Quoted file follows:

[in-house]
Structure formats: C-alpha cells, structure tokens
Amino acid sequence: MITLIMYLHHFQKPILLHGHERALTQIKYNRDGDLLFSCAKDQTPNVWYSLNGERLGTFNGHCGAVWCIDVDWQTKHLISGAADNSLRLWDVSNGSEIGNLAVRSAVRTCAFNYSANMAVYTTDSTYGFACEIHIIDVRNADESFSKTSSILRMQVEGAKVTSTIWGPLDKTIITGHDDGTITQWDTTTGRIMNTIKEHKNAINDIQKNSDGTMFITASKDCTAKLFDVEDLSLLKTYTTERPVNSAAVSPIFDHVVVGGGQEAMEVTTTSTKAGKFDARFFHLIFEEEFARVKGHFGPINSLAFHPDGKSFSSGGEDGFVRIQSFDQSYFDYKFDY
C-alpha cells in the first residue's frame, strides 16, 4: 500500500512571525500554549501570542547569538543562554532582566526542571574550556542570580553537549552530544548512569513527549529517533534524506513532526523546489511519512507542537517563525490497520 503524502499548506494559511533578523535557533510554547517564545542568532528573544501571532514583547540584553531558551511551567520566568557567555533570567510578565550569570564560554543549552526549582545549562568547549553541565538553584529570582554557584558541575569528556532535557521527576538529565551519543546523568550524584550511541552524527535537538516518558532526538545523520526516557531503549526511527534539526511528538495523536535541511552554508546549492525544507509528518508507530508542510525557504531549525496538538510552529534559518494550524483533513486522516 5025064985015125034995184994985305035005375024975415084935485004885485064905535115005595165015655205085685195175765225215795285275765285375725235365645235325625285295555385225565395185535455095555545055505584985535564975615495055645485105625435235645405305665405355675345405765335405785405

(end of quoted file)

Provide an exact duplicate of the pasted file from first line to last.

[in-house]
Structure formats: C-alpha cells, structure tokens
Amino acid sequence: MITLIMYLHHFQKPILLHGHERALTQIKYNRDGDLLFSCAKDQTPNVWYSLNGERLGTFNGHCGAVWCIDVDWQTKHLISGAADNSLRLWDVSNGSEIGNLAVRSAVRTCAFNYSANMAVYTTDSTYGFACEIHIIDVRNADESFSKTSSILRMQVEGAKVTSTIWGPLDKTIITGHDDGTITQWDTTTGRIMNTIKEHKNAINDIQKNSDGTMFITASKDCTAKLFDVEDLSLLKTYTTERPVNSAAVSPIFDHVVVGGGQEAMEVTTTSTKAGKFDARFFHLIFEEEFARVKGHFGPINSLAFHPDGKSFSSGGEDGFVRIQSFDQSYFDYKFDY
C-alpha cells in the first residue's frame, strides 16, 4: 500500500512571525500554549501570542547569538543562554532582566526542571574550556542570580553537549552530544548512569513527549529517533534524506513532526523546489511519512507542537517563525490497520 503524502499548506494559511533578523535557533510554547517564545542568532528573544501571532514583547540584553531558551511551567520566568557567555533570567510578565550569570564560554543549552526549582545549562568547549553541565538553584529570582554557584558541575569528556532535557521527576538529565551519543546523568550524584550511541552524527535537538516518558532526538545523520526516557531503549526511527534539526511528538495523536535541511552554508546549492525544507509528518508507530508542510525557504531549525496538538510552529534559518494550524483533513486522516 5025064985015125034995184994985305035005375024975415084935485004885485064905535115005595165015655205085685195175765225215795285275765285375725235365645235325625285295555385225565395185535455095555545055505584985535564975615495055645485105625435235645405305665405355675345405765335405785405